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October 1, 2015

Unbreak My Heart - Do Women and Men Recover Differently from Heart Attacks?

Every year, nearly 1.2 million heart attacks happen in the United States. Understanding the differences between men and women may play an increasing role in diagnosis and treatment of heart disease. Advances in medicine are making medical care more personalized. How can we better understand these differences in order to find the best treatments for both sexes?

Recently, medical claims from more than 43.5 million Blue Cross and Blue Shield (BCBS) members were analyzed to compare heart attack rates and treatment patterns between women and men. The Blue Cross and Blue Shield Association is releasing a unique study, “Identifying Disparities in Post Heart Attack Treatment between Women and Men this week in support of World Heart Day on Tuesday, Sept. 29. The study examines real claims data from the largest collective insured population in the United States.

What did the study find?

  • Coronary heart disease occurs more frequently in men than women across all age groups.
  • But women have a higher rate of inpatient heart attack mortality than men. Women are more likely to die within one year of a heart attack, have another heart attack within six years and be disabled with heart failure within six years.
  • Women are receiving less aggressive treatments after a heart attack than are men, particularly for cardiac stents (PCI), angiography, and cardiac bypass (CABG).
  • Geography does play a part in heart attack rates, but not in the disparity between genders. States with higher than national average rates for physical inactivity, obesity and smoking have a higher rate of heart attack for both men and women.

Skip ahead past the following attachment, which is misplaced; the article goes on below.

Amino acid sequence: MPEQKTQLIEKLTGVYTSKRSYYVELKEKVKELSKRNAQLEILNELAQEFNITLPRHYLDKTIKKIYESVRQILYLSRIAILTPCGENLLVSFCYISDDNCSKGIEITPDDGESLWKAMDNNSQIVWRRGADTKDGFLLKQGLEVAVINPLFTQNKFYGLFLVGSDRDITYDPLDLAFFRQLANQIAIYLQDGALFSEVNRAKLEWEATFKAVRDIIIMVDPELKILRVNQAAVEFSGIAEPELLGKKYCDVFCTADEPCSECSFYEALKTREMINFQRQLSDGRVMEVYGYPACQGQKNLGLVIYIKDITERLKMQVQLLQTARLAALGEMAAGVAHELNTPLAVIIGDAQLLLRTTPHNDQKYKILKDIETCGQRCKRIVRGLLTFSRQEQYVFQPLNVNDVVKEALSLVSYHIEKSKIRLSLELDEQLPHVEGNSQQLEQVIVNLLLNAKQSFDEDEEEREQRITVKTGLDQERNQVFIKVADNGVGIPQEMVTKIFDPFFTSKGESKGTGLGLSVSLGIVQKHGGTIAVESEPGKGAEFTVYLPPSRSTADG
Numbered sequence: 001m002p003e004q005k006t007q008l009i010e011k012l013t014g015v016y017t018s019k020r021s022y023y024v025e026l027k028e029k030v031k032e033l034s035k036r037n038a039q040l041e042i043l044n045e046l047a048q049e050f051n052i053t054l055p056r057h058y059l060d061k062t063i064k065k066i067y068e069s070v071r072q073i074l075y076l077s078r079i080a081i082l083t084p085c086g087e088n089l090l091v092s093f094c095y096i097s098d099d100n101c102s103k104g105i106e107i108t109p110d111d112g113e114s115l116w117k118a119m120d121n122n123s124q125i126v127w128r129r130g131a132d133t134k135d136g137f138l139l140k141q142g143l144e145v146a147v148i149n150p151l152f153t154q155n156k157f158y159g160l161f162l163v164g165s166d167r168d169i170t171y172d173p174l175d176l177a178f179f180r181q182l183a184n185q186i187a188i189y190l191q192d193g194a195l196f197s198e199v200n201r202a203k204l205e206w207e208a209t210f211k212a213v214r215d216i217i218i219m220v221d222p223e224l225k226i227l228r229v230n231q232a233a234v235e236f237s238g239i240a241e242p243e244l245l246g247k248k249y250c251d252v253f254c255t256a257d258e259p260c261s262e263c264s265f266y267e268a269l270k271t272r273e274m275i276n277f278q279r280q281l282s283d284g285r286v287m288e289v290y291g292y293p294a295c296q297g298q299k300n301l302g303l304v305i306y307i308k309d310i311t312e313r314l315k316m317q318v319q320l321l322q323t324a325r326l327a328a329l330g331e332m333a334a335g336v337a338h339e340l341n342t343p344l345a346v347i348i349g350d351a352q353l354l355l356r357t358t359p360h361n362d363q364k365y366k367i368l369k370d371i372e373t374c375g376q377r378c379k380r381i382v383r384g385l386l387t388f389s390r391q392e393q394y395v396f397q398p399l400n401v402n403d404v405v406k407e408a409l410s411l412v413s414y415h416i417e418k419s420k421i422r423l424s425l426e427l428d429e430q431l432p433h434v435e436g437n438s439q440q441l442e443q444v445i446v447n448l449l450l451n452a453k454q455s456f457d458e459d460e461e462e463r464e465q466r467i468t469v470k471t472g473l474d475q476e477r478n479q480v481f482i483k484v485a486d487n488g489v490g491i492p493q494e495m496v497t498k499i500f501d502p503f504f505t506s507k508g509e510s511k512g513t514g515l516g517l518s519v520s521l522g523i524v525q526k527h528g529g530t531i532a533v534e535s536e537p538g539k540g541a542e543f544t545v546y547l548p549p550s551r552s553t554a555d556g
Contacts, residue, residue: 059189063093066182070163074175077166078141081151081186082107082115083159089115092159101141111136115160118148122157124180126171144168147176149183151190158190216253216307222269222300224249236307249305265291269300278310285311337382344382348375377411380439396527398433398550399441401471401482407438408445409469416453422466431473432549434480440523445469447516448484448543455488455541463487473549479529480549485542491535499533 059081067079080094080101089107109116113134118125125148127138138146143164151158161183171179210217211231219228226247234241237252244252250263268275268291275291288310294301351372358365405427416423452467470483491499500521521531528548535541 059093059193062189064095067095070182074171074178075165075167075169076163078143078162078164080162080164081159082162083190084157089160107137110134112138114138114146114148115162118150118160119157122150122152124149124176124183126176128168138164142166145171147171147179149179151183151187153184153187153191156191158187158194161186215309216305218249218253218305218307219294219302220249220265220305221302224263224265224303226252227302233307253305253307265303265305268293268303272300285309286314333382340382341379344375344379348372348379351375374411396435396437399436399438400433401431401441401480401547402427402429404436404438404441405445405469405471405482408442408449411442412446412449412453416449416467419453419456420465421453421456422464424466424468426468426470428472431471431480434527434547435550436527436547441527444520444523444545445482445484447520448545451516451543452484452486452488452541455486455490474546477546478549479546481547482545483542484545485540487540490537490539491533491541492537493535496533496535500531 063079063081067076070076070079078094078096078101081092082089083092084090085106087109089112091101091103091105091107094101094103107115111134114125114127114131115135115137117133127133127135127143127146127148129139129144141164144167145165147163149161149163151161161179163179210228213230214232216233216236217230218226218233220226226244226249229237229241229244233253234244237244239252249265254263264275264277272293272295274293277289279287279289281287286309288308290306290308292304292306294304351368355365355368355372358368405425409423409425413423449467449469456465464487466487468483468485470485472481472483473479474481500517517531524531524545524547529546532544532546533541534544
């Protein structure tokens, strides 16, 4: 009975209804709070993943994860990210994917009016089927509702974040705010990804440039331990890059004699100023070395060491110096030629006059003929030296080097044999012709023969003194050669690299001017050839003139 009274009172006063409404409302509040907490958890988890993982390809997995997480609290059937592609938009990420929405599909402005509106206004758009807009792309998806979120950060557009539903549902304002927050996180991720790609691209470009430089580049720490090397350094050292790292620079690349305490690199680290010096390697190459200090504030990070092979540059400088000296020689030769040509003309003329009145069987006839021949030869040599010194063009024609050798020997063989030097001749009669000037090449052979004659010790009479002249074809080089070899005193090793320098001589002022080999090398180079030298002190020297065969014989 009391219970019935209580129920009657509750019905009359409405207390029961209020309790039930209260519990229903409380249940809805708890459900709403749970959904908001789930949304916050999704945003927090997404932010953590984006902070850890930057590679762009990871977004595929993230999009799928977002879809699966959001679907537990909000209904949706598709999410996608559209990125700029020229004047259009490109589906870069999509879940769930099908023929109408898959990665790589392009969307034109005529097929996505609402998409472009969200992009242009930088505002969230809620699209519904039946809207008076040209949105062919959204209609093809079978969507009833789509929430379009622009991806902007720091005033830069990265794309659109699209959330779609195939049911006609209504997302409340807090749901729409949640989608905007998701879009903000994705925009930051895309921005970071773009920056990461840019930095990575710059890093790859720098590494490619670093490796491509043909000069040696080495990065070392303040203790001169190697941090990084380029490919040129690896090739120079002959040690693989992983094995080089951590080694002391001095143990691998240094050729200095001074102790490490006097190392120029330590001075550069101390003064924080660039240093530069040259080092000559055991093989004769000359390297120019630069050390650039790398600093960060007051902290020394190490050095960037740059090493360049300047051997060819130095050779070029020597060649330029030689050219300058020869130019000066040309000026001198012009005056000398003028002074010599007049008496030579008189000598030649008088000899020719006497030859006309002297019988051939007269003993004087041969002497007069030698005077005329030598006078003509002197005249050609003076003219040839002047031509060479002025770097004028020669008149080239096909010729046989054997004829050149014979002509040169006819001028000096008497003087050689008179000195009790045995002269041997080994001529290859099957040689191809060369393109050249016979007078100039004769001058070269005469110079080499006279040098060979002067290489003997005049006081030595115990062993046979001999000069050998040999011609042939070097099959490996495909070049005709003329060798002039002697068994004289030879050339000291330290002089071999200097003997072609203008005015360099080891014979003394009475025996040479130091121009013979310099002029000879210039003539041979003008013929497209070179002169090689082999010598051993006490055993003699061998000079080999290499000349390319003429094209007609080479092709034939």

What can you do?
Join the Blue Cross and Blue Shield Association and Blue Cross and Blue Shield of Texas (BCBSTX) in efforts to promote World Heart Day this week. This annual event offers a time for people across the globe to take part in the world's biggest intervention against cardiovascular disease (CVD). World Heart Day encourages everyone to reduce cardiovascular risk, and promote a heart-healthy planet for those around us.

Tips to share: How can you fight heart disease?
Being informed and taking action are key steps toward fighting heart disease. Share these risk factors and heart-healthy tips.

Some risk factors you can’t change. Others you can. Some factors you can control include:

  • Whether you smoke
  • Managing cholesterol levels
  • Lowering your blood pressure
  • Increasing your physical activity
  • Maintaining a healthy weight
  • Preventing or controlling diabetes

It’s never too early to fight back against heart disease. In fact, you can begin taking preventive measures against heart attacks as young as age 20. Here’s what you can do to improve your heart health starting today:

  • Quit smoking
  • Eat a healthy diet with plenty of fruits and vegetables, whole grains, lean proteins, and low-fat dairy products
  • Reduce your intake of saturated fat, trans fat, and cholesterol
  • Aim for 30 minutes of physical activity five or more days per week
  • Work with your doctor to manage your blood sugar levels if you have diabetes
  • Take steps to deal with stress such as exercising, getting six to eight hours of sleep per night, and spending time with people who bring you joy
  • Limit alcohol intake to no more than two drinks per day for men and one drink per day for women

How can you share a heart healthy message?
Post your Healthy Heart selfies (a photo of yourself making the shape of a heart with your hands) on our Twitter and Facebook pages. Or, help share the love of a healthy heart by sharing these tips on fighting heart disease on Facebook  and Twitter.


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an Independent Licensee of the Blue Cross and Blue Shield Association.